We stayed for one of their educational programs which were hosted by a fantastic speaker and enjoyed viewing the stars through telescopes during their star party. Everyone that works here and volunteers to support the programs was enthusiastic about astronomy and getting everyone to see stars, planets, and galaxies.
Visiting the McDonald Observatory was one of the highlights of my trip!
Chihuahuan Desert Reserve
Hiking Trails, Birding, Mining exhibit, botanical gardens and more. Dog-friendly too!
Davis Mountain Preserve
A beautiful, wild and remote section of Davis Mounts preserved by the Nature Conservancy. The Nature Conservancy protects over 100,000 acres of the Davis Mountains desert!
The desert expanse is far and wide but not utterly devoid of quaint little towns offering a little oasis of civilization. These towns are fun places to explore, shop, eat and even go to school!
Marfa Texas is a unique town out in the middle of nowhere (it’s seen better days), but still manages to survive. Marfa felt like you kind of had to “know it, to understand it” so the infamy of the city was lost on our family. Nothing was open and all of the art centers were closed behind covered windows and vaguely labeled buildings.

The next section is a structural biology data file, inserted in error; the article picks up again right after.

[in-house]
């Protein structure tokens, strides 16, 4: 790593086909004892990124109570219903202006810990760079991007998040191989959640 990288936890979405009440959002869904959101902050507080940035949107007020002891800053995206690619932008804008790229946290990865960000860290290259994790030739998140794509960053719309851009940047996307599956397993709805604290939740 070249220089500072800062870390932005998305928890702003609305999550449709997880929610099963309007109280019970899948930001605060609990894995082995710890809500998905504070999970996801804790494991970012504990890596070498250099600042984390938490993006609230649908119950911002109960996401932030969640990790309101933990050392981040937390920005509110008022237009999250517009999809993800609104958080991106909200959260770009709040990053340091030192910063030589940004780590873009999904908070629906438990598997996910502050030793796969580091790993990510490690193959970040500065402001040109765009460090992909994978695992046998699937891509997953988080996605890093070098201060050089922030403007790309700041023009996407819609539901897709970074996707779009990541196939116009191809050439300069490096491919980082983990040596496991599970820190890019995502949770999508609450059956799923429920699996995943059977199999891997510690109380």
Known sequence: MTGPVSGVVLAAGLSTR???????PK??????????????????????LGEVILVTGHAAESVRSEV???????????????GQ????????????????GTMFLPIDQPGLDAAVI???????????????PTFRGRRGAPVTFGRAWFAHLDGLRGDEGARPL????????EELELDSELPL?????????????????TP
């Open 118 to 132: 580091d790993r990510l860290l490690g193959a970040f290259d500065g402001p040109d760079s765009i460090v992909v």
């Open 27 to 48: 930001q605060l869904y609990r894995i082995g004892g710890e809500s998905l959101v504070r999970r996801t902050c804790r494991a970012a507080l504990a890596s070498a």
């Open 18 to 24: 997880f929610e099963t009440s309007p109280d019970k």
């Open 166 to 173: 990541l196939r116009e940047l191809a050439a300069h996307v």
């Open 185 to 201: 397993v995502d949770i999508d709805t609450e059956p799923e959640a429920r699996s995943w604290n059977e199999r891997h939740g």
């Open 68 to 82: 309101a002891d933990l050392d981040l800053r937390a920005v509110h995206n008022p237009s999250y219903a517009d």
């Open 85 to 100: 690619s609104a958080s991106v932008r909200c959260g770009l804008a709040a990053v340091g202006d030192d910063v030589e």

Would I recommend going out of your way to see it? Not myself, unless art and barren towns captivate you. I’d suggest heading to Alpine Texas for most family travelers looking for a small city to visit.
Alpine Texas offers food, dining, fuel and a much larger town to explore. Built around a sizeable sprawling college campus of Sul Ross State University – Alpine has a lot more to offer than most other towns – especially if you need provisions, food, and supplies.
Fort Davis Texas
Visit the Fort Davis Outpost – An early Indian Wars frontier outpost built to protect the trans-Pecos segment of the San Antonio – El Passo Chihuahuan trail.
Getting to Davis State Park
Have you been to Davis Mountains State Park? Have any feedback, advice or tips for fellow travelers? Comment below or post on our forums!
I’m a 40 something father of two girls who loves the mountains, still plays in the sand and enjoys being in the great outdoors. The mountains are always calling my name.
“Wilderness is a necessity” – John Muir